Spondylosis occurs due to everyday use over many years. This is where discs become thinner, the facet joints become worn and the spaces between the bones become narrower. Spurs of bone, known as osteophytes, form at the edges of the vertebrae and the facet joints. These changes are very similar to those seen in osteoarthritis. You can take painkillers to ease pain, and exercise will help you to stretch and strengthen your muscles.
Whiplash injuries are most often seen as a result of car accidents. They’re caused by the body being carried forward, causing the head to flip back. Then, as the body stops, the head is thrown forwards. There’s often a delay before you feel any pain or stiffness. It’s thought that the pain is caused by the stretching of the ligaments and the capsule around the facet joints, along with muscle spasm as the body tries to splint the injury.
Although whiplash can badly strain your neck, most cases improve within a few weeks or months. Seat belts and properly adjusted headrests in cars greatly reduce the damage from whiplash injuries. Gentle exercises to keep the neck mobile will help to prevent longer term problems and get you back to normal as soon as possible.
Muscles at the back of the neck must always be tensed in order to keep your body upright. When we’re stressed we often tense these muscles even more, which can cause neck pain and tension headaches.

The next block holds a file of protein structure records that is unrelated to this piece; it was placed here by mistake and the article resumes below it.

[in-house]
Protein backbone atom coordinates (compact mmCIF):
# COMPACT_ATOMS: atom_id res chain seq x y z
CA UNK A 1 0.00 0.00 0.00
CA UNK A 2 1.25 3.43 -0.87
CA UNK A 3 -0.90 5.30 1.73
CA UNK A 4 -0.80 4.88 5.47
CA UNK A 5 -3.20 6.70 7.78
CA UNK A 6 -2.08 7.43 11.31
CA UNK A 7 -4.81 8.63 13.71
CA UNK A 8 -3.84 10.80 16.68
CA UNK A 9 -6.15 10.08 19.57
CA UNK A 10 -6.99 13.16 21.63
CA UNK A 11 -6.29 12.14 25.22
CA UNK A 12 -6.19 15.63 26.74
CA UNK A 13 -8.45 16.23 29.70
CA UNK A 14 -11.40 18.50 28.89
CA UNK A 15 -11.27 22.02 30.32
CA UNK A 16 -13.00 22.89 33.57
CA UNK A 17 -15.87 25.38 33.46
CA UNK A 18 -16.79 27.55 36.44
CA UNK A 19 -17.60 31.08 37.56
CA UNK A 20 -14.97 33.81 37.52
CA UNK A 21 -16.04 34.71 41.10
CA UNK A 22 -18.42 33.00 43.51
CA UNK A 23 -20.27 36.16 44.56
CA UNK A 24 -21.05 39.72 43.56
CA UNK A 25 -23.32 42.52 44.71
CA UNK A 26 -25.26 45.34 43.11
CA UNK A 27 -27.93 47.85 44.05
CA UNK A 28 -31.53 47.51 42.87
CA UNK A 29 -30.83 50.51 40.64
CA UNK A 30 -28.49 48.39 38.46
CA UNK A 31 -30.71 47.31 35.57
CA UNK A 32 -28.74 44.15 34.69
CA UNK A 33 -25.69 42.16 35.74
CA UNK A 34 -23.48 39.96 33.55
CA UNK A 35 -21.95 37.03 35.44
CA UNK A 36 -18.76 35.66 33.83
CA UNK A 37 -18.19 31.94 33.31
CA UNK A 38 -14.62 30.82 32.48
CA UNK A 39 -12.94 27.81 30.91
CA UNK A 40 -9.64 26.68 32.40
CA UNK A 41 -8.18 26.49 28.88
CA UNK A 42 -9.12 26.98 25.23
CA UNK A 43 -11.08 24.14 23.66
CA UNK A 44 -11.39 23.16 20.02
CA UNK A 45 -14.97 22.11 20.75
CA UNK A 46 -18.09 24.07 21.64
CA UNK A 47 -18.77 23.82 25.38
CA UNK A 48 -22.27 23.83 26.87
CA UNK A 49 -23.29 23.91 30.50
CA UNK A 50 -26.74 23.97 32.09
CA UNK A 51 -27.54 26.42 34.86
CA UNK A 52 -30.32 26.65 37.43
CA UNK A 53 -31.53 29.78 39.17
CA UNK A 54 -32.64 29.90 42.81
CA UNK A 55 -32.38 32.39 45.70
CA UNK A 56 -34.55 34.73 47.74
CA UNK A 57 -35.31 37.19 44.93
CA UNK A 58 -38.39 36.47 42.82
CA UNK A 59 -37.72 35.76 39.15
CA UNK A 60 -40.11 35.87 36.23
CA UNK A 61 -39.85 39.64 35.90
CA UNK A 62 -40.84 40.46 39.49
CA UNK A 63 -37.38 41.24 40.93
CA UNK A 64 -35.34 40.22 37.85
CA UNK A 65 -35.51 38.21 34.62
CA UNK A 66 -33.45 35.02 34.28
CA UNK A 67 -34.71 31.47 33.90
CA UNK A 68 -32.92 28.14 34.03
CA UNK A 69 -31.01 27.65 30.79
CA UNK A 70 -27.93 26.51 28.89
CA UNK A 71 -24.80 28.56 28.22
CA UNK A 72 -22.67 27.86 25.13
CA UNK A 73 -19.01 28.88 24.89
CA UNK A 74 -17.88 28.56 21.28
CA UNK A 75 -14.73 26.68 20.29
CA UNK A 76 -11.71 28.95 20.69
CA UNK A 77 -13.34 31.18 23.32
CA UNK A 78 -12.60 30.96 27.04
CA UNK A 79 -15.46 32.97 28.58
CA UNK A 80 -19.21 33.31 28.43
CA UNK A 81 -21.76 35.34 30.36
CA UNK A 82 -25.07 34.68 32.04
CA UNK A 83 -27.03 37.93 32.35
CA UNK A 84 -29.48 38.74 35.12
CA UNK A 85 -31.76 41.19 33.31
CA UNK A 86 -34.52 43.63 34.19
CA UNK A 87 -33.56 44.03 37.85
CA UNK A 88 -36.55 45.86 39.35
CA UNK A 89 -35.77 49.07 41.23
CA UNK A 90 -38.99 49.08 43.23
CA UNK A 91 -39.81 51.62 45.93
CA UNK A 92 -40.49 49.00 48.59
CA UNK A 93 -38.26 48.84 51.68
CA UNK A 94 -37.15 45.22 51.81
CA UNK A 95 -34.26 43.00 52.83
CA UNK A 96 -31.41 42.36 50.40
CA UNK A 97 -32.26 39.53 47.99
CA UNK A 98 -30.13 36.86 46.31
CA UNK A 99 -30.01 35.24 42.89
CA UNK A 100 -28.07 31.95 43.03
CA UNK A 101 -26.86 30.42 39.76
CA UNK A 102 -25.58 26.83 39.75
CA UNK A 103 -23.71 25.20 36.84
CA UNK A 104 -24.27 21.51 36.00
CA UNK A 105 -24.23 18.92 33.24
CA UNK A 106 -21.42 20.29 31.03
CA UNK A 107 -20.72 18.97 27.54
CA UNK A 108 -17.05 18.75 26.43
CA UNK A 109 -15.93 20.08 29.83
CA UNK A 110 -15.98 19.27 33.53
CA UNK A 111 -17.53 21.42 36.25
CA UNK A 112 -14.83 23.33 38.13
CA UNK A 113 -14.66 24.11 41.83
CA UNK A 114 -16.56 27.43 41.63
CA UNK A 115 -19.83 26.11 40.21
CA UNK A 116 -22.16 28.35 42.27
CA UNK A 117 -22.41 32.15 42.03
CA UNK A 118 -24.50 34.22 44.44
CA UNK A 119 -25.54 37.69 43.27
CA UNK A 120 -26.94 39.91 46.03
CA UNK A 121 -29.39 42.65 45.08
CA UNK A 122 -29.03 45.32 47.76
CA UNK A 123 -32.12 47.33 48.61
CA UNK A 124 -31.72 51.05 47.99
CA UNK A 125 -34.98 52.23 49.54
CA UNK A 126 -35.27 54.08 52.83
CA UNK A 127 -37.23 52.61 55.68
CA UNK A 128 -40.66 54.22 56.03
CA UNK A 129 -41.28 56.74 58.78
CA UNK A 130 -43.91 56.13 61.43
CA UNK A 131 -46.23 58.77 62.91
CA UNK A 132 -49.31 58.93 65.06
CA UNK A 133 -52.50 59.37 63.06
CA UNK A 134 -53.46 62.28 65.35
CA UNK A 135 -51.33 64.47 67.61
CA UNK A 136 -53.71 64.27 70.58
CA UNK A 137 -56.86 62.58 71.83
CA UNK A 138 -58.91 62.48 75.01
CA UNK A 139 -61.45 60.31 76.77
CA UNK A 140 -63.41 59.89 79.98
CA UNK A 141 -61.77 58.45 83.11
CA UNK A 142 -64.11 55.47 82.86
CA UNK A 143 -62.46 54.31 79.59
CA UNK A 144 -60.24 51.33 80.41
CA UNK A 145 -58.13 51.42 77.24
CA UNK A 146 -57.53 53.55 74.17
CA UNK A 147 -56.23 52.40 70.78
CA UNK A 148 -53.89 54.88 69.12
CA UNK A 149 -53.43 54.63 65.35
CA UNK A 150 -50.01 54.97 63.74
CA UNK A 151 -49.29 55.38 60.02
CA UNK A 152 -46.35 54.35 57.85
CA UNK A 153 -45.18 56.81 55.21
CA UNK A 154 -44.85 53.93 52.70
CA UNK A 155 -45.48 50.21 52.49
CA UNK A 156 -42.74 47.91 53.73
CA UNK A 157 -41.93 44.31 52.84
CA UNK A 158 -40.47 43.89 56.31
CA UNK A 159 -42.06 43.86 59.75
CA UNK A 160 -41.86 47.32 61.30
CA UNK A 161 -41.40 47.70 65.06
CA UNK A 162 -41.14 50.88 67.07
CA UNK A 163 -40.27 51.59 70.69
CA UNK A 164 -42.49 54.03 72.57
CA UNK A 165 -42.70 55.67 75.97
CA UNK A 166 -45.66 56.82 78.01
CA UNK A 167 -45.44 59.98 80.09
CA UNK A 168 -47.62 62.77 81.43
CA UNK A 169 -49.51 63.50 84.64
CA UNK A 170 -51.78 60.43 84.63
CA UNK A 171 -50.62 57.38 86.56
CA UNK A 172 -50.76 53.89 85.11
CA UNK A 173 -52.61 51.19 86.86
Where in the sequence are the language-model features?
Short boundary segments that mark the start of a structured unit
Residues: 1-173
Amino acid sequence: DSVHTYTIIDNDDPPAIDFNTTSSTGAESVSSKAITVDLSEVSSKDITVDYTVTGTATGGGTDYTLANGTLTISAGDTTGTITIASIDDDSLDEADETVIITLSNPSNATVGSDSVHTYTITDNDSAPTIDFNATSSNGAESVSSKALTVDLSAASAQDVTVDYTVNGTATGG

Exercise is the most important way that you can:
If your neck pain lasts a while, lack of movement can cause the muscles to become weak.
Painkillers such as paracetamol and ibuprofen may help. It’s important that you take them regularly and at the recommended dose to help you control the pain and allow you to continue exercising. Don’t wait until your pain is severe before taking painkillers.
You shouldn’t take ibuprofen or aspirin if you’re pregnant or have asthma, indigestion or an ulcer until you’ve spoken to your doctor or pharmacist. Medication can have side-effects so you should read the label carefully and check if you have any queries.
If your neck pain is affecting your activity and is persisting, ask your GP about referral to a physiotherapist.
Premier physiotherapists can provide a variety of treatments, help you understand your problem, get you back to your normal activities and give advice on how you can prevent symptoms returning in the future.